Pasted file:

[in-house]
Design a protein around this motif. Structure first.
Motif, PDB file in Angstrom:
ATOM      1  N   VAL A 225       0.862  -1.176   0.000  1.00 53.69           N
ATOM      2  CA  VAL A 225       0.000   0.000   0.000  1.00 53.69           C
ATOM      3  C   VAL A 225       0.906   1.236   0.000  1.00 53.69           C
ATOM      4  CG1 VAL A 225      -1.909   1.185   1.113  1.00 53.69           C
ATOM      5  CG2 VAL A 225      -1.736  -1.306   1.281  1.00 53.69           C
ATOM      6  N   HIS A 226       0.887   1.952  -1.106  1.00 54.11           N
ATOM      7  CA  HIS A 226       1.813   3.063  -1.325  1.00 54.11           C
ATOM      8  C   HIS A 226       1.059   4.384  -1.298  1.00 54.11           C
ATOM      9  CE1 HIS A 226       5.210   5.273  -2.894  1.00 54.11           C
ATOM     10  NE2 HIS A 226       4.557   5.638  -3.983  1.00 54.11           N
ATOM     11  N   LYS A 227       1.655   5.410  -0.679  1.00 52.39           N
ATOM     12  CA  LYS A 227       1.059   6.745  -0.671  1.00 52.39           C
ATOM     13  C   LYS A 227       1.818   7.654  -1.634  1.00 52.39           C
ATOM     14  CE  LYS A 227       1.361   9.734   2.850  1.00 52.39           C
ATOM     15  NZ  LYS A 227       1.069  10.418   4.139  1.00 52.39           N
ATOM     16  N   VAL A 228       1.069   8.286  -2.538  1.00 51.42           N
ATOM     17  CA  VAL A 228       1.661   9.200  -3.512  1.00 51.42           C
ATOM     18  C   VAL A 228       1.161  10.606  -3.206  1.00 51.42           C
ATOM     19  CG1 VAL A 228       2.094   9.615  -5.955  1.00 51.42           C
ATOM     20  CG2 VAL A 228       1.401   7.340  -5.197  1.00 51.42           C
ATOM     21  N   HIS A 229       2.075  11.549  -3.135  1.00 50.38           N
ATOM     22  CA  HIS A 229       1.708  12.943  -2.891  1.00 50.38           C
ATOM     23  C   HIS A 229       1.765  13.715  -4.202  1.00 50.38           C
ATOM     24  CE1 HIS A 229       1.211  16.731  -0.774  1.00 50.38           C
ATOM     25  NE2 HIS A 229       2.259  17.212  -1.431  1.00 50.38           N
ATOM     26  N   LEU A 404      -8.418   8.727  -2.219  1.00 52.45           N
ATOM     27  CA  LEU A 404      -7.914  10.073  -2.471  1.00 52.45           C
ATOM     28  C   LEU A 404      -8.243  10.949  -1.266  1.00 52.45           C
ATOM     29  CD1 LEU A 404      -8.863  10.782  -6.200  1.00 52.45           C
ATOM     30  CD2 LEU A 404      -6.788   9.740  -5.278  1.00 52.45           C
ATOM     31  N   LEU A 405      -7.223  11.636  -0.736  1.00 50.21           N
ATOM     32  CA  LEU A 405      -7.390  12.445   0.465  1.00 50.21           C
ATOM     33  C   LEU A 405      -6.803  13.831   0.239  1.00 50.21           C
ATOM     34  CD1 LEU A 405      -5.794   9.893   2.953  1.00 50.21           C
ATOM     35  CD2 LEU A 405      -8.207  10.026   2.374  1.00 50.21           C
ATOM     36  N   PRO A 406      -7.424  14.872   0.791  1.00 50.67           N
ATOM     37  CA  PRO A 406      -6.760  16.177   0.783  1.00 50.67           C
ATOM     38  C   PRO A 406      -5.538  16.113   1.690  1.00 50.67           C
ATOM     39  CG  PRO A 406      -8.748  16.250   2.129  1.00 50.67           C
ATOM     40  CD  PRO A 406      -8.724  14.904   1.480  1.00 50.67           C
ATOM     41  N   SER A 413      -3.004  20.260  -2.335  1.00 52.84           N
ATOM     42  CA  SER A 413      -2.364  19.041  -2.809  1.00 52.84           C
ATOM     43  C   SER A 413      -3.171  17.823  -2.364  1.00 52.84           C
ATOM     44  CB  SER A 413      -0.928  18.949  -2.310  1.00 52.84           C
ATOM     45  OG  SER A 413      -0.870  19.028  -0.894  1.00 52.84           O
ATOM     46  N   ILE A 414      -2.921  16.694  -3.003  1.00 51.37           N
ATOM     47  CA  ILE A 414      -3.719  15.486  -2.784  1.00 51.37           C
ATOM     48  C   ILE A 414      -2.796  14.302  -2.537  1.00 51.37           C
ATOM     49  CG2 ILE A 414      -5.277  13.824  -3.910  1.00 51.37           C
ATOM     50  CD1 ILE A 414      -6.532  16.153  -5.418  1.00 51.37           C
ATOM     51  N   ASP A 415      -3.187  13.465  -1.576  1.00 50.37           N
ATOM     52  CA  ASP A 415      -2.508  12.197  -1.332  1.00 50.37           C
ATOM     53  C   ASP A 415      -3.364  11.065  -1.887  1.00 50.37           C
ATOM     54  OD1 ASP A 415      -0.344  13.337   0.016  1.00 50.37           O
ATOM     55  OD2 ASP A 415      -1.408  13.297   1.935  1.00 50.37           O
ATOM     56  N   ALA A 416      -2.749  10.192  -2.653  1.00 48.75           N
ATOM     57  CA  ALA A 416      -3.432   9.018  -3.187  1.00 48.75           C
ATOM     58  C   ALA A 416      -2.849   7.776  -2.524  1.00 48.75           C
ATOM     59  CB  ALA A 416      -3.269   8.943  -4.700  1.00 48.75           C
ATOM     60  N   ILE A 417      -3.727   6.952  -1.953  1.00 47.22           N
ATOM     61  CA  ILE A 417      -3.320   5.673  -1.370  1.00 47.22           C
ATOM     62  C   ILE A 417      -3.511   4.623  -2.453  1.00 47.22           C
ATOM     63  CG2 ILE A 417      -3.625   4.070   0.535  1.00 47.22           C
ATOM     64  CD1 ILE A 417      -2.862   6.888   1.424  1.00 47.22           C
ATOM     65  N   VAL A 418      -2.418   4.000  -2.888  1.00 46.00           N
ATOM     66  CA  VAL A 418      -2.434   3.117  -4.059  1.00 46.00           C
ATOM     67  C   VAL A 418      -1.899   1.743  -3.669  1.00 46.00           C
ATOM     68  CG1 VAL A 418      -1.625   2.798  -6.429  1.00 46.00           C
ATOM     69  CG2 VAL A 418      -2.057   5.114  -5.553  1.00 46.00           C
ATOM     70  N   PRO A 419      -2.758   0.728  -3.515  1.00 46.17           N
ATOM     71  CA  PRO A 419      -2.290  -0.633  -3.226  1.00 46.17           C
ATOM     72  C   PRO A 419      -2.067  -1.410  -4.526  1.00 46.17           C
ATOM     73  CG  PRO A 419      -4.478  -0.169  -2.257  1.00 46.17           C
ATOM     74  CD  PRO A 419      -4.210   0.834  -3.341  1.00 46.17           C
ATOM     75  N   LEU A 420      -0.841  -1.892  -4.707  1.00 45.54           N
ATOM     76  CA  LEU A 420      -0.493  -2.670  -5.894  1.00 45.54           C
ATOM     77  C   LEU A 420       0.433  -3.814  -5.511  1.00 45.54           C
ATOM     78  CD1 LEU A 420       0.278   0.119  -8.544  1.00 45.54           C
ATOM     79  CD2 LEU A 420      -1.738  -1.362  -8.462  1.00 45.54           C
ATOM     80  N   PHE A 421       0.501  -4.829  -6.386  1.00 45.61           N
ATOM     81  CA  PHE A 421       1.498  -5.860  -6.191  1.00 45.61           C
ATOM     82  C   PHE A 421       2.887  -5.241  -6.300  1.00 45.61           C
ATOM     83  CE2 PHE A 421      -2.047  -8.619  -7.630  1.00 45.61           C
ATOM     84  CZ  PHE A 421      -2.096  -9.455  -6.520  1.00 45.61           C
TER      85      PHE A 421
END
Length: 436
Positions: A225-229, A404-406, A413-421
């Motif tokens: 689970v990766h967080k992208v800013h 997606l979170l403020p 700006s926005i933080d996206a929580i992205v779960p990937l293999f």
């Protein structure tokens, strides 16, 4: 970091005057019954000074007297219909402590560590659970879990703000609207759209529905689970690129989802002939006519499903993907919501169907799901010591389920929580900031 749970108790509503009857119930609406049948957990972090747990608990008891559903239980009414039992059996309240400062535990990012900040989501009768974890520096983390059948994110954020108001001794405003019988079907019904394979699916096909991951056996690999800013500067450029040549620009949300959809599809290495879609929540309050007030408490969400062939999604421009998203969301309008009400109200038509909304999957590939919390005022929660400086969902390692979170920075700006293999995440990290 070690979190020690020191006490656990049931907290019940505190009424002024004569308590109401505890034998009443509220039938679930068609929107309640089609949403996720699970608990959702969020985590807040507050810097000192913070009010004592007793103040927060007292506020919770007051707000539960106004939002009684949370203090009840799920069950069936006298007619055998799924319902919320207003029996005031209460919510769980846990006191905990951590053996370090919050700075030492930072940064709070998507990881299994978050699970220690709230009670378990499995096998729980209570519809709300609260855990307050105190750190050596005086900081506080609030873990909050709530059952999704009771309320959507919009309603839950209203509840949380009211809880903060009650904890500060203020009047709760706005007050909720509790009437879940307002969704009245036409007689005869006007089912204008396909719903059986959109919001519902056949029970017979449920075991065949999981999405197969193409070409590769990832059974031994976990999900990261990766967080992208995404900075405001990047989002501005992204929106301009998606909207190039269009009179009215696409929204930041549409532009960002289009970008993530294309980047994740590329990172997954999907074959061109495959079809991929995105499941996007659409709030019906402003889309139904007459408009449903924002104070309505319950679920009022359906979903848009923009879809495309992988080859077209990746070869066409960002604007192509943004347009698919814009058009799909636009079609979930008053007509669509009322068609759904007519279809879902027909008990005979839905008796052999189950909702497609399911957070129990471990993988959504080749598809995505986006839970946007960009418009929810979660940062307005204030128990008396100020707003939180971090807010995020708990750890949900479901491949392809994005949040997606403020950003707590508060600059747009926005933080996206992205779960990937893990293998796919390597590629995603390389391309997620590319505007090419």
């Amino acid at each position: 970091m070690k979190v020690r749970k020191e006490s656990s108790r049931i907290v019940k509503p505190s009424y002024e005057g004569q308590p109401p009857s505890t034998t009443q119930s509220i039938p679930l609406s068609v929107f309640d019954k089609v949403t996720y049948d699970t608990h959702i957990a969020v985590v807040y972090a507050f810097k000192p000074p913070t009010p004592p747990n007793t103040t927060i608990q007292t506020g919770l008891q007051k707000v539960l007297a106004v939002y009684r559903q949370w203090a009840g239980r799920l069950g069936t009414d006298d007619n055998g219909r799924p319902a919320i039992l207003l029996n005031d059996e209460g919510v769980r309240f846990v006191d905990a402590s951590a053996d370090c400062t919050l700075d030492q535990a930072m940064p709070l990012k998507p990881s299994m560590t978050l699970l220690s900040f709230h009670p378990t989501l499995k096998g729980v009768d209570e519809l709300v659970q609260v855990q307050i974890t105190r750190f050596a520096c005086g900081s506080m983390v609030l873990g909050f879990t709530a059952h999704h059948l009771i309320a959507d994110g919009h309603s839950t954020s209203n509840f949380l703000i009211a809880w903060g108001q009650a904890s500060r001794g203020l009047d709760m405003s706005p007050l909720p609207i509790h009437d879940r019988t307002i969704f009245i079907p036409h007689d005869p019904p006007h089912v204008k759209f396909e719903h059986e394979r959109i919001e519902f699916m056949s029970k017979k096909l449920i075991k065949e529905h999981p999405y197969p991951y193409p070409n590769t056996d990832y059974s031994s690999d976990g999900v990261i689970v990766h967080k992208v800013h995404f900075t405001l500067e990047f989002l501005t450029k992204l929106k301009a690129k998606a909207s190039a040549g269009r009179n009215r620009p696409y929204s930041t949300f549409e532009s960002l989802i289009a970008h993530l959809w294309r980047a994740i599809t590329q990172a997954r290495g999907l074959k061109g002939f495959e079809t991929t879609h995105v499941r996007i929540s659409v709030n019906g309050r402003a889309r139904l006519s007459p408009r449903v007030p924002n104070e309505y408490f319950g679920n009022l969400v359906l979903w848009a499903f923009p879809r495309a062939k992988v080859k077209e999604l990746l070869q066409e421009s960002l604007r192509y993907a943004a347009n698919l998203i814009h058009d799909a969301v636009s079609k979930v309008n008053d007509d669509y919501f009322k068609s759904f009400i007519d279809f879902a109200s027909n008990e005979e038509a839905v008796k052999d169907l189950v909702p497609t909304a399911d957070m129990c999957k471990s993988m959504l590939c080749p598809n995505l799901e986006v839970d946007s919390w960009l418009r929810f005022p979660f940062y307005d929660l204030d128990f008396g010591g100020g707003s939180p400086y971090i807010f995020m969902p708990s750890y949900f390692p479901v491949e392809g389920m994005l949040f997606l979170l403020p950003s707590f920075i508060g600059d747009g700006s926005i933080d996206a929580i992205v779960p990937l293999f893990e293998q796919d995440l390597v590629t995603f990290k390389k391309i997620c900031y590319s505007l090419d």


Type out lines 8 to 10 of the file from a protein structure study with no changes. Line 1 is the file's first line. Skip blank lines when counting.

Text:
ATOM      5  CG2 VAL A 225      -1.736  -1.306   1.281  1.00 53.69           C
ATOM      6  N   HIS A 226       0.887   1.952  -1.106  1.00 54.11           N
ATOM      7  CA  HIS A 226       1.813   3.063  -1.325  1.00 54.11           C